8d     Not in form? Do better (8)
OUTCLASS : The opposite (not) of ‘in’ and then a form or group.

11d     Ship’s steward has a way of attracting attention (4)
PSST : A lurker, hiding in the clue.

15d     Play patience (9)
TOLERANCE : A double definition. The play could be what a mechanic might find in a bearing.

17d     Put at risk adopting a measure such as this (8)
IMPERIAL : Put at risk or endanger contains ‘A’ from the clue.

18d     Succeeded, supporting independent soldiers (8)
PRIVATES : Independent or covert is followed by S(ucceeded).

20d     Team profile (4)
SIDE : A double definition.

21d     Experienced type in The Lords working with no hotel (7)
OLDSTER : An anagram (working) of T(h)E LORDS once the radio communications letter represented by hotel has been removed.

22d     Channel that’s trustworthy, we hear (6)
STRAIT : A homophone of a synonym for trustworthy or honest.

23d     Boss on paper may see rising tendency suppressing men (6)
EDITOR : The reversal of a word meaning tendency or flow, and then men or low ranking soldiers.

26d     Locked up and cold — what 21 Down may be (5)
CAGED : C(old) plus the characteristic of the answer to 21 down.

The short answers 21a and 11d are our  top choices today.

Quickie pun    injure    +    dishes    =     injudicious

84 comments on “DT 29314

  1. Whew, finished in ***/**** time, but the SE corner took some braincells. I didn’t recognise the compiler (I rarely do), but s/he seemed to be in a quirky mood.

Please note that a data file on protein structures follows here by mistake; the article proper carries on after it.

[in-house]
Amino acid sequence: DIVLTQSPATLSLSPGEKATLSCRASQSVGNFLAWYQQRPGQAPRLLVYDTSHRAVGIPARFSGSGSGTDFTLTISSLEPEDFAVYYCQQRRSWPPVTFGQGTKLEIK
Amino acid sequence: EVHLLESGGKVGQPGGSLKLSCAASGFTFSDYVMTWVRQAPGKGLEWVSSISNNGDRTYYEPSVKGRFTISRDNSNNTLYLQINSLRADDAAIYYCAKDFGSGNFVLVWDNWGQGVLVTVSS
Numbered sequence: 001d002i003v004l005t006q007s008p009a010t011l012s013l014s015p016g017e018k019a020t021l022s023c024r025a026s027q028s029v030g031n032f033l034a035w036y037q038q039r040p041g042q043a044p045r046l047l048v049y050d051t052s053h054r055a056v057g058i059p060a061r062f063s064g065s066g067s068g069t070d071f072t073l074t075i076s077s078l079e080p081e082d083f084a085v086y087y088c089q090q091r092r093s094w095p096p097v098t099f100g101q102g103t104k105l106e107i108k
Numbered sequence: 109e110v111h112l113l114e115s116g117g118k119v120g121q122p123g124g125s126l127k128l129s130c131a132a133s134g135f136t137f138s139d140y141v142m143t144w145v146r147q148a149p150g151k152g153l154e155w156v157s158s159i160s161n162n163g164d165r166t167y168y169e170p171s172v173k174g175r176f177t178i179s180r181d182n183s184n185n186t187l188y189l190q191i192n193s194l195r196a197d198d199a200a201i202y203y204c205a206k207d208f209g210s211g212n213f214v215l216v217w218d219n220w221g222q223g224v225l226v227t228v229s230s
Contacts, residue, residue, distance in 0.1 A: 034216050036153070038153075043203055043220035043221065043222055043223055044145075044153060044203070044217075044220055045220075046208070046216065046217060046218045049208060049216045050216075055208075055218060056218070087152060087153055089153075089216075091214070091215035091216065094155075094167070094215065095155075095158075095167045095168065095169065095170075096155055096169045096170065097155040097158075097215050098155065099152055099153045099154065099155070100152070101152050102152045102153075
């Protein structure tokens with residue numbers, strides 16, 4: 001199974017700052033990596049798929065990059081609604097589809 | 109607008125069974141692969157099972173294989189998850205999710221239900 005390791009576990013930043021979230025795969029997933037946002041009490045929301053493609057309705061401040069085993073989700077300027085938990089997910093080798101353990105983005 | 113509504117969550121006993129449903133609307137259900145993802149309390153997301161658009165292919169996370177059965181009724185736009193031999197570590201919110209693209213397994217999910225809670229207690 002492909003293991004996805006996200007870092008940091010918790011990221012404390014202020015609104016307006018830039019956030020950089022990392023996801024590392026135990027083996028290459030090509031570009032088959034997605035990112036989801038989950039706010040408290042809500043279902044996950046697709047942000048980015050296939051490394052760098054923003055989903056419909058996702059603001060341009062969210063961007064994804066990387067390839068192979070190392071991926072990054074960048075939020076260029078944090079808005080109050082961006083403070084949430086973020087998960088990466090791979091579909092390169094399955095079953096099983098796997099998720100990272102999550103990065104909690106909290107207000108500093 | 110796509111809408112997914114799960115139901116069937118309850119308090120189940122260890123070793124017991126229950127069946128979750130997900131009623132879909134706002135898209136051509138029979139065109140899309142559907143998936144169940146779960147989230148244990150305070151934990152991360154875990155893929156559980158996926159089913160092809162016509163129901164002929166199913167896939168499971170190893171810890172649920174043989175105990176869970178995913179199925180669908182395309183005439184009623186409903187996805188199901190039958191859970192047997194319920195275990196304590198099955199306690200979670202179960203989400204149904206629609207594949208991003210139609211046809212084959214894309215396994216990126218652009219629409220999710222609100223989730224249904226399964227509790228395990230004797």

COTD is 10a, only because that used to be my CB handle.

    I say I finished it, but, truth be told, I just could not parse 1d for the life of me, so thanks to the 2Ks for that, and to Mysteron.

  2. Jay was certainly having some fun with certain expressions today. I took a bit longer than normal to do this. Some answers went straight in, others I had to 10a down for. Many thanks to Jay and the 2ks.

  3. I thought this was absolutely superb, just the ticket in the present environment. To pick favourites would be to do the rest an injustice but I’ll go for the topical 26d along with 3d, 11 and 17d.
    Many thanks to Jay and the 2Ks for their excellent works.

  4. A bit trickier than usual, if it’s a Jay puzzle (2.5*/3.5*) but moderately enjoyable nevertheless. I thought 6d,15d and 17d were all very good clues but wasn’t so keen on11d, 9a and 21a. Thanks to the Kiwis and to the setter.

  5. I do not know if it is a colncidence but as the news on the virus gets worse these puzzles have got even better.For me this was challenging but doable and full of smiles.For the last 3 weeks l have been able to complete a Jay puzzle and begin to understand the pleasure others have expressed for so long Sincere thanks to all.

  6. Am afraid I was a little underwhelmed by this one. All done and dusted in under ** time & with all answers fully parsed which is a rarity for me. 3d followed by 12a were my pick of the clues. Thanks to all.

  7. 3*/4.5*. I agree with the 2Ks, this was just the job to help lighten the current gloom which unfortunately is looking as if it will continue for some time. I can’t see why with hindsight but I struggled with the NW corner, which took my time up from 2* to 3*. 11d was my last one in.

    Many thanks to Jay and the 2Ks.

    P.S. If anyone is looking for some more fun today, I can recommend Eccles on top form in the Independent.

  8. A very enjoyable Wednesday challenge that was not too challenging, completed at a fast gallop – **/****.
    Candidates for favourite – 21a, 4d, 8d, and 11d – and the winner is – I can’t decide.
    Thanks to Jay and the 2Ks.

  9. Pleasant enough if not memorable. SW was last to give in. Had forgotten the 24a swimmer. No outstanding Fav but liked 6d and 15d. Quickie pun is clever. Thank you Jay and the 2Kiwis.